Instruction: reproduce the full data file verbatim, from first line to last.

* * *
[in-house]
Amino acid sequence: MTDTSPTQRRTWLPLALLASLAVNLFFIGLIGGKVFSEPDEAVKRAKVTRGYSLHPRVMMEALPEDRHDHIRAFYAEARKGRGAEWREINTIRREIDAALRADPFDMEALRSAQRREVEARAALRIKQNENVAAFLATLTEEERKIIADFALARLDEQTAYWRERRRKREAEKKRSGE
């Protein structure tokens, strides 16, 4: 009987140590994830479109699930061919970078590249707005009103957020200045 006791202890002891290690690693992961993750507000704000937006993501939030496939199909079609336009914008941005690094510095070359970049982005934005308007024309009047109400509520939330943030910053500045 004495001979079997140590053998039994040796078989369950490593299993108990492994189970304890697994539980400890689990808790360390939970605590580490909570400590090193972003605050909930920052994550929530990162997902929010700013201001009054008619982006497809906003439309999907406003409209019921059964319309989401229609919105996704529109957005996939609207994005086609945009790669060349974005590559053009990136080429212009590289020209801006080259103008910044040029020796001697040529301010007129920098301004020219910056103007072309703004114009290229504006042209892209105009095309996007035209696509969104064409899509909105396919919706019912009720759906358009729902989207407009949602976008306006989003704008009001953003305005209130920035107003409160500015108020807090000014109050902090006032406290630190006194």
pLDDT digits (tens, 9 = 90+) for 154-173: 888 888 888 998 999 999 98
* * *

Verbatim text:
[in-house]
Amino acid sequence: MTDTSPTQRRTWLPLALLASLAVNLFFIGLIGGKVFSEPDEAVKRAKVTRGYSLHPRVMMEALPEDRHDHIRAFYAEARKGRGAEWREINTIRREIDAALRADPFDMEALRSAQRREVEARAALRIKQNENVAAFLATLTEEERKIIADFALARLDEQTAYWRERRRKREAEKKRSGE
């Protein structure tokens, strides 16, 4: 009987140590994830479109699930061919970078590249707005009103957020200045 006791202890002891290690690693992961993750507000704000937006993501939030496939199909079609336009914008941005690094510095070359970049982005934005308007024309009047109400509520939330943030910053500045 004495001979079997140590053998039994040796078989369950490593299993108990492994189970304890697994539980400890689990808790360390939970605590580490909570400590090193972003605050909930920052994550929530990162997902929010700013201001009054008619982006497809906003439309999907406003409209019921059964319309989401229609919105996704529109957005996939609207994005086609945009790669060349974005590559053009990136080429212009590289020209801006080259103008910044040029020796001697040529301010007129920098301004020219910056103007072309703004114009290229504006042209892209105009095309996007035209696509969104064409899509909105396919919706019912009720759906358009729902989207407009949602976008306006989003704008009001953003305005209130920035107003409160500015108020807090000014109050902090006032406290630190006194």
pLDDT digits (tens, 9 = 90+) for 154-173: 888 888 888 998 999 999 98